Mitt Romney’s “Symphony of Faith”

The speech is over and the reviews are pouring in. I thought I’d take a moment to give my own preliminary thoughts before launching into full-scale analysis.

First, some of my favorite lines:

In John Adams’ words: ‘We have no government armed with power capable of contending with human passions unbridled by morality and religion. Our constitution was made for a moral and religious people.’


I will put no doctrine of any church above the plain duties of the office and the sovereign authority of the law. . . .When I place my hand on the Bible and take the oath of office, that oath becomes my highest promise to God. If I am fortunate to become your president, I will serve no one religion, no one group, no one cause, and no one interest. A President must serve only the common cause of the people of the United States.


No candidate should become the spokesman for his faith. For if he becomes President he will need the prayers of the people of all faiths.


I am moved by the Lord’s words: ‘For I was an hungered, and ye gave me meat: I was thirsty, and ye gave me drink: I was a stranger, and ye took me in: naked, and ye clothed me.’

My faith is grounded on these truths. You can witness them in Ann and my marriage and in our family. We are a long way from perfect and we have surely stumbled along the way, but our aspirations, our values, are the self-same as those from the other faiths that stand upon this common foundation. And these convictions will indeed inform my presidency.


And the inspiring closing passage:

And so it is for hundreds of millions of our countrymen: we do not insist on a single strain of religion – rather, we welcome our nation’s symphony of faith. .

Recall the early days of the First Continental Congress in Philadelphia, during the fall of 1774. With Boston occupied by British troops, there were rumors of imminent hostilities and fears of an impending war. In this time of peril, someone suggested that they pray. But there were objections. ‘They were too divided in religious sentiments’, what with Episcopalians and Quakers, Anabaptists and Congregationalists, Presbyterians and Catholics.

Then Sam Adams rose, and said he would hear a prayer from anyone of piety and good character, as long as they were a patriot.

And so together they prayed, and together they fought, and together, by the grace of God. they founded this great nation.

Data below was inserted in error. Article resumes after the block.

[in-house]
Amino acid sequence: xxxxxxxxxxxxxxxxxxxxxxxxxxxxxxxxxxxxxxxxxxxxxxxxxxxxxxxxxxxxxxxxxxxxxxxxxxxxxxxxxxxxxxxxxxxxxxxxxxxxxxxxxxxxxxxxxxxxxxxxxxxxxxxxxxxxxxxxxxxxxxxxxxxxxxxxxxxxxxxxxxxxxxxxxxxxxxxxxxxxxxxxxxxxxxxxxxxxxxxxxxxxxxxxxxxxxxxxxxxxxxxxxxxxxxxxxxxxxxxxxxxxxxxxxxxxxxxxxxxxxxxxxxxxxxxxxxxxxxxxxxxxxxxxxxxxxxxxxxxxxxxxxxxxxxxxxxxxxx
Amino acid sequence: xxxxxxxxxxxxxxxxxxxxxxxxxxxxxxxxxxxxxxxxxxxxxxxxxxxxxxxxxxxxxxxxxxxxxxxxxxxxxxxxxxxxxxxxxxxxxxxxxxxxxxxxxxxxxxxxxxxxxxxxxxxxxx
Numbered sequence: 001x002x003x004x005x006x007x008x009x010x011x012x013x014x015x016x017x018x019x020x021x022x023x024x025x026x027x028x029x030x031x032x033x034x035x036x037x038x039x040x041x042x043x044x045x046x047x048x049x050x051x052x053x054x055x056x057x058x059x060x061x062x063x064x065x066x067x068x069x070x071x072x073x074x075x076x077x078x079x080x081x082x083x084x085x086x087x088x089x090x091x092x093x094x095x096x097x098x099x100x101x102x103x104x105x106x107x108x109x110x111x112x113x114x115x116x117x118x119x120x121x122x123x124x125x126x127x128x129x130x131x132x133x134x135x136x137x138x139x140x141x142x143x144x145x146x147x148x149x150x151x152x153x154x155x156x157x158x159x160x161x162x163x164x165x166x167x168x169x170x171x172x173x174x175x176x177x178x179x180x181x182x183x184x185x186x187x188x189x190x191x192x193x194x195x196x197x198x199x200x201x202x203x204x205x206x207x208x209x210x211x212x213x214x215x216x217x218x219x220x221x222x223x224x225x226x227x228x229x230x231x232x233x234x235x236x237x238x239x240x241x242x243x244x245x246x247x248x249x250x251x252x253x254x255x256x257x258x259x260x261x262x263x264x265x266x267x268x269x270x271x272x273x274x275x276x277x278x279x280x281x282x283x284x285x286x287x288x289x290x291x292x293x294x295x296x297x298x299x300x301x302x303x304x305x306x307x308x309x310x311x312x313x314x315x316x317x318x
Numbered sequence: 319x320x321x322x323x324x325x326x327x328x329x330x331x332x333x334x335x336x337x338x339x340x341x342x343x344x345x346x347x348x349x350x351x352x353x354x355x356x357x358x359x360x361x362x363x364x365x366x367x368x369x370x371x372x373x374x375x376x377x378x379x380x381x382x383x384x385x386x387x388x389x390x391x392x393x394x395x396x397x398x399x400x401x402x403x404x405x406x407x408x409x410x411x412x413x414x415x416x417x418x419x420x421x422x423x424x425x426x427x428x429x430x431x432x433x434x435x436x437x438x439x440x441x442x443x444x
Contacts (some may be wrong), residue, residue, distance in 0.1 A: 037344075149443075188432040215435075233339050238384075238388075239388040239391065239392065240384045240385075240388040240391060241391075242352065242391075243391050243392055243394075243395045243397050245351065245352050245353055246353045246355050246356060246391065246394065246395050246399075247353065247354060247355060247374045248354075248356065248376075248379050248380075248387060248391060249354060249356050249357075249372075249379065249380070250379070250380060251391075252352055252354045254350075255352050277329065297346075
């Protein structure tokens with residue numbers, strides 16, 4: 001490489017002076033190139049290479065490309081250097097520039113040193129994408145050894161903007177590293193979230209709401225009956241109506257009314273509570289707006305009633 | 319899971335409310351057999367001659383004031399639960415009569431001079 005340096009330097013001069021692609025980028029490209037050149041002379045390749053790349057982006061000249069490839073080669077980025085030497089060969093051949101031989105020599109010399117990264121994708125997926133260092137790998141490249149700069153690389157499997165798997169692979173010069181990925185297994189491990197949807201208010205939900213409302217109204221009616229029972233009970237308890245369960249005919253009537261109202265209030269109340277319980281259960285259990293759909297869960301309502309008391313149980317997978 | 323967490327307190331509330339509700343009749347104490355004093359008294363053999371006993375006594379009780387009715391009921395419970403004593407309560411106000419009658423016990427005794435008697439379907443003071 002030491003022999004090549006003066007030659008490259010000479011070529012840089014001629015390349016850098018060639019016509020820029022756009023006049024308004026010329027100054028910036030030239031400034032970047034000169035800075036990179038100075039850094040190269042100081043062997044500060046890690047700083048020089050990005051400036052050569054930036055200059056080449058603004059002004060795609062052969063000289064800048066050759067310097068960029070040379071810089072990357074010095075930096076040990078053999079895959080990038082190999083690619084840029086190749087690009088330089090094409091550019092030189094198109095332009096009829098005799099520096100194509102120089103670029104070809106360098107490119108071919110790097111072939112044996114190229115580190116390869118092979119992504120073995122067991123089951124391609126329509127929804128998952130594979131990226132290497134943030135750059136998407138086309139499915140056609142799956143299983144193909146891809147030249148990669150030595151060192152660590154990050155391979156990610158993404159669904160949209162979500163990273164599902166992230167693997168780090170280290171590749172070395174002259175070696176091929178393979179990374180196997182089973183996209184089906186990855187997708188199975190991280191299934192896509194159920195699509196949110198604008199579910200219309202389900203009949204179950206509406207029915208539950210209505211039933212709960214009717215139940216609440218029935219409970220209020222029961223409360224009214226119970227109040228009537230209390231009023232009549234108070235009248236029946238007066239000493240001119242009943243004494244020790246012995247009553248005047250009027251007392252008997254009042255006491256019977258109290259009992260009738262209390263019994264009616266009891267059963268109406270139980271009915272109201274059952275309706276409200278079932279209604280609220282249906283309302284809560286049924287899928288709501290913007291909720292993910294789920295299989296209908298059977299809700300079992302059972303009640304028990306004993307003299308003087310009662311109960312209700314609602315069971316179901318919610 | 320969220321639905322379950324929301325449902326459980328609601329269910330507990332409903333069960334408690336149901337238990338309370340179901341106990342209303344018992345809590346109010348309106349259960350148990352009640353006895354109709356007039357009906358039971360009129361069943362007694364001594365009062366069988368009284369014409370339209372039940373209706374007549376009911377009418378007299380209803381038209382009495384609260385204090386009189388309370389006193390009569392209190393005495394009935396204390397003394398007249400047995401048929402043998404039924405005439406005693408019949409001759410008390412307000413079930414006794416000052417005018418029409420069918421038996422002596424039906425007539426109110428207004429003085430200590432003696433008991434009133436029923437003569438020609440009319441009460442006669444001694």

In that spirit, let us give thanks to the divine ‘author of liberty.’ And together, let us pray that this land may always be blessed, ‘with freedom’s holy light.’

I thought this was a passionate, inspiring, even sometimes rousing speech. First and foremost, my main takeaway was the same I always come up with after hearing Mitt Romney speak at length: that regardless of the substance, this guy has serious presidential chops. As a communicator and a spokesman for big ideas, you can’t beat Mitt Romney. I think the biggest result of this speech will be that American media, and to a lesser extent American voters, got to see Mitt Romney at his impassioned best. Against that backdrop, the charge of plasticity is hard to maintain.

Second, I thought the content was pretty masterful, especially given that it was written almost exclusively by the candidate himself. It displayed a deep grasp of the American milieu, the interdependence of religion and public life, and respect for minority viewpoints. As a message directed at an audience, it struck the right tone of independence combined with conciliation.

I’ve already heard critiques that it wasn’t Mormon enough. It’s true, there was little specific Mormon content here, which the campaign has been prepping us for all week. Still, I think the Governor missed an opportunity when discussing some of the appealing distinctives of other faiths (which was very nice, by the way), to insert a paragraph about what makes Mormonism appealing. He also has a lot of material about Mormon patriotism and Liberalism that could have been used. (But slyly inserting Brigham Young into Roger Williams’ and Anne Hutchison’s club of venerable religious dissenters was brilliant.).  But Mormons recognized something very Mormon about this speech- the choking up.  That was an poignant convergence between the impassioned but stony mode of American public speaking and the more emotional, sometimes teary delivery of Mormon religious speakers.

In sum, this was a speech with many strong moments, and not one flat note that comes to mind. He handled the potentially divisive topic of empty European churches with grace, and came off strong against both secularism and jihadism.

Personally, I think he nailed it.